WASHINGTON (AP) — Winter kept its icy hold on much of the country Monday, with snow falling and temperatures dropping as schools and offices closed and people from the South and Mid-Atlantic to Northeast reluctantly waited out another storm indoors.
Four to 8 inches of snow were forecast from Baltimore to Washington — lower than earlier predictions but enough to cause headaches for the region.
Russ Watters, 60, of St. Louis was walking through the National Air and Space Museum with his 14-year-old son, Seth, who was touring Washington with his 8th-grade class.
"We're trying to find stuff that's open, so this is open. We had to cancel our trip to Arlington Cemetery. That was closed down this morning. We were going to go to Mount Vernon," Watters said.
Pennsylvania dodged most of the effects of the snowfall to its south as only a few inches fell — and just a trace or even none in some areas.
In New Jersey nearly 6 inches has fallen in some areas, with up to 8 forecast. That could make it the eighth snowiest winter in the last 120 years.
In parts of Delaware 4 to 8 inches are forecast, down from predictions of 10 or more inches. The governor there has lifted a state of emergency and driving warning for northern part of the state but urged motorists to still exercise caution.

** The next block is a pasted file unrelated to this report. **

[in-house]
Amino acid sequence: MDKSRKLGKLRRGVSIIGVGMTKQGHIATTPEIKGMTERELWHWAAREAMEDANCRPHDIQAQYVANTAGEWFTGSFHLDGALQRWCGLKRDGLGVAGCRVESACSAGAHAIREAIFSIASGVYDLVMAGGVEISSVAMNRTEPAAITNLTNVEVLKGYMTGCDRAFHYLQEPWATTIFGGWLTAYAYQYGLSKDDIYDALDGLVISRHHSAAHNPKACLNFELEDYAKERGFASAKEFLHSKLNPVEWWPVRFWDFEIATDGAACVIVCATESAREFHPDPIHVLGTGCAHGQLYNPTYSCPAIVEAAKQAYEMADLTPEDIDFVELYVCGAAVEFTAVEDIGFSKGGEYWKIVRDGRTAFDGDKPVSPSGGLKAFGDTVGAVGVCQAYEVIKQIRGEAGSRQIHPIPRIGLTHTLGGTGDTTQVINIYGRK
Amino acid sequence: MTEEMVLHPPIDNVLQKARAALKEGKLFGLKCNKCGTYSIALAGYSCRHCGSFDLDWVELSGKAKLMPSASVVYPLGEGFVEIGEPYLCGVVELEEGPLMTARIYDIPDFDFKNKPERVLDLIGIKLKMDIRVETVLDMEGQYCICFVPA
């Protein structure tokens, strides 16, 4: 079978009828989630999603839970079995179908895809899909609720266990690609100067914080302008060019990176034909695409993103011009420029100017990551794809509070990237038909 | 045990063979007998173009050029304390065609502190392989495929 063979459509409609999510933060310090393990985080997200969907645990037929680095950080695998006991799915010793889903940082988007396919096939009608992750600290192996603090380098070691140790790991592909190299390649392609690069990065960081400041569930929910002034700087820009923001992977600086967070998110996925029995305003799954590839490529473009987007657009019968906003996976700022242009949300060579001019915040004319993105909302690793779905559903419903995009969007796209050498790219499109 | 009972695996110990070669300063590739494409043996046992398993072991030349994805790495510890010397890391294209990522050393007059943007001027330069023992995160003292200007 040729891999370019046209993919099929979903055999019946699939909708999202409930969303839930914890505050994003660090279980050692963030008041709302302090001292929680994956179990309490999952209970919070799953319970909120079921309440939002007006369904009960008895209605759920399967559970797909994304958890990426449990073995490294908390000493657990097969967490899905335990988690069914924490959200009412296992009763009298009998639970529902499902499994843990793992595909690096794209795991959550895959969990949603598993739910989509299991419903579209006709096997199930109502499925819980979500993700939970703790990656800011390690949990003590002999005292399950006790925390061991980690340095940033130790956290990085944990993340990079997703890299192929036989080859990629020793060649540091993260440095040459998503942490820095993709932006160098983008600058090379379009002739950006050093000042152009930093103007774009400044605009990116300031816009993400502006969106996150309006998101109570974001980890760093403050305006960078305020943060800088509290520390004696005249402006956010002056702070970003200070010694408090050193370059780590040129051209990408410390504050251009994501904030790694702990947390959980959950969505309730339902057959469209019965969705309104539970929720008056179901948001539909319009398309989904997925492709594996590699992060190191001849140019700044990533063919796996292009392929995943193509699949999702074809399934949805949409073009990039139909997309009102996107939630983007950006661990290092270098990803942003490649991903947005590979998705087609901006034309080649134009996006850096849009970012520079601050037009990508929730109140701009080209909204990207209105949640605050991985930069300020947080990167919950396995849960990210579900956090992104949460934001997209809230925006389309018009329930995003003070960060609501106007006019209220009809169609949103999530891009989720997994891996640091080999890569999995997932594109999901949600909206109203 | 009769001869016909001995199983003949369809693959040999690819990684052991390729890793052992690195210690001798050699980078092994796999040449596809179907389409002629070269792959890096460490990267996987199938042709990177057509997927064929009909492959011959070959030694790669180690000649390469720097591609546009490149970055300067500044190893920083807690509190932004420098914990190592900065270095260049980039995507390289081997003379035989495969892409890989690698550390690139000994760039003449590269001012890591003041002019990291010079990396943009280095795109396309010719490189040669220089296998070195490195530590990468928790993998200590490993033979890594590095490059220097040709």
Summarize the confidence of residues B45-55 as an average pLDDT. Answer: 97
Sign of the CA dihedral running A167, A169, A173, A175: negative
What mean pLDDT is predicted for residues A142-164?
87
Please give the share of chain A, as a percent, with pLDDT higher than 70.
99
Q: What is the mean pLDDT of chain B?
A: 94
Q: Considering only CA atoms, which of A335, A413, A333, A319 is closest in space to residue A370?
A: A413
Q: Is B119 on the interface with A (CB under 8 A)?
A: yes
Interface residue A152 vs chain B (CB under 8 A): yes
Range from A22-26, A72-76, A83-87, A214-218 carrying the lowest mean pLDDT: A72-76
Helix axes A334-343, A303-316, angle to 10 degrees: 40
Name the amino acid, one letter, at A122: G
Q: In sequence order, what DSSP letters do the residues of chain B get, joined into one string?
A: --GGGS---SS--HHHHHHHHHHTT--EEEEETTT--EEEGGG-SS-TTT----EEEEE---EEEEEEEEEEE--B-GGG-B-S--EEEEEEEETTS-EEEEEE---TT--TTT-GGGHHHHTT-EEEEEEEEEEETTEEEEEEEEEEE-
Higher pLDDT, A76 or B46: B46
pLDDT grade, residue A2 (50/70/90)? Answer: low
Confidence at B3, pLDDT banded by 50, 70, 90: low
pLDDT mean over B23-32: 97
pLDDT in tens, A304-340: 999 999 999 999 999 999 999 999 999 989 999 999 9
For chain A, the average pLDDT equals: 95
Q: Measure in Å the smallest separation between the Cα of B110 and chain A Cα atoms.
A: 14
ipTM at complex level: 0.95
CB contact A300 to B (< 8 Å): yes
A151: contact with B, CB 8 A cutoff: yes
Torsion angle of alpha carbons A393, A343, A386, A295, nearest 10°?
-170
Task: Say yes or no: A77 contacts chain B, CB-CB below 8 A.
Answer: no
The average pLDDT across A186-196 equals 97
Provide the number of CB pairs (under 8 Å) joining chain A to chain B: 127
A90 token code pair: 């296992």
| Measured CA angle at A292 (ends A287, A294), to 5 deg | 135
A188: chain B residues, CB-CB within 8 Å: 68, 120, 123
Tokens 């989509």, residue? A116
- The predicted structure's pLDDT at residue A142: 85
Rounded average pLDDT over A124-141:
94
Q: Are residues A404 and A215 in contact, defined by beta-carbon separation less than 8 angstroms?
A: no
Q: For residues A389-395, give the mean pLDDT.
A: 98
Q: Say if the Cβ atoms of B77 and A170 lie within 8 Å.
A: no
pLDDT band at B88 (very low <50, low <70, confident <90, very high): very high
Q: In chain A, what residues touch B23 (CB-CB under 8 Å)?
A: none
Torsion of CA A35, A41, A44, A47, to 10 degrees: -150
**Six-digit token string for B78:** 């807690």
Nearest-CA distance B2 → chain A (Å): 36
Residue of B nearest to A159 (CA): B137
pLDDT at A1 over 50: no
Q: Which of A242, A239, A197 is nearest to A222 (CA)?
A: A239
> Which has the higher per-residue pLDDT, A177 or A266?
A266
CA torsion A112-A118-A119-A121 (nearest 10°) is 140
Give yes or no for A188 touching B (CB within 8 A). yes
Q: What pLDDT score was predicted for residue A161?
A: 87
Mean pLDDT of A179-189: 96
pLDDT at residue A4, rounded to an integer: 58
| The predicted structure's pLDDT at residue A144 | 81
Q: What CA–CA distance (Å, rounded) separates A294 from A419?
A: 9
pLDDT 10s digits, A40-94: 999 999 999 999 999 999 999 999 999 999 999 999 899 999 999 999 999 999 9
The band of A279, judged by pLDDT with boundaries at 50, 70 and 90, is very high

Snow covered a thin layer of ice in the nation's capital Monday, driven by a blustery wind that stung the faces of those who ventured outside. Officials still warned people to stay off treacherous, icy roads — a refrain that has become familiar to residents in the Midwest, East and even Deep South this year.
The governors of Virginia and Tennessee each declared a state of emergency as snow and ice threatened to make a mess of roads.
In Tennessee, more than 61,000 customers were without power as of noon on Monday.
Virginia State Police troopers responded to more than 300 traffic crashes across the state between 12:00 a.m. and 10:30 a.m. Monday, with about half occurring in the Richmond area. About 600 customers were without power by mid-afternoon, according to Dominion Virginia Power.
In North Carolina, northeastern counties were expecting up to 2 inches of snow. The University of North Carolina at Chapel Hill and N.C. State University canceled evening classes because of the approaching storm but the UNC men's basketball team was still scheduled to play its game against Notre Dame Monday evening.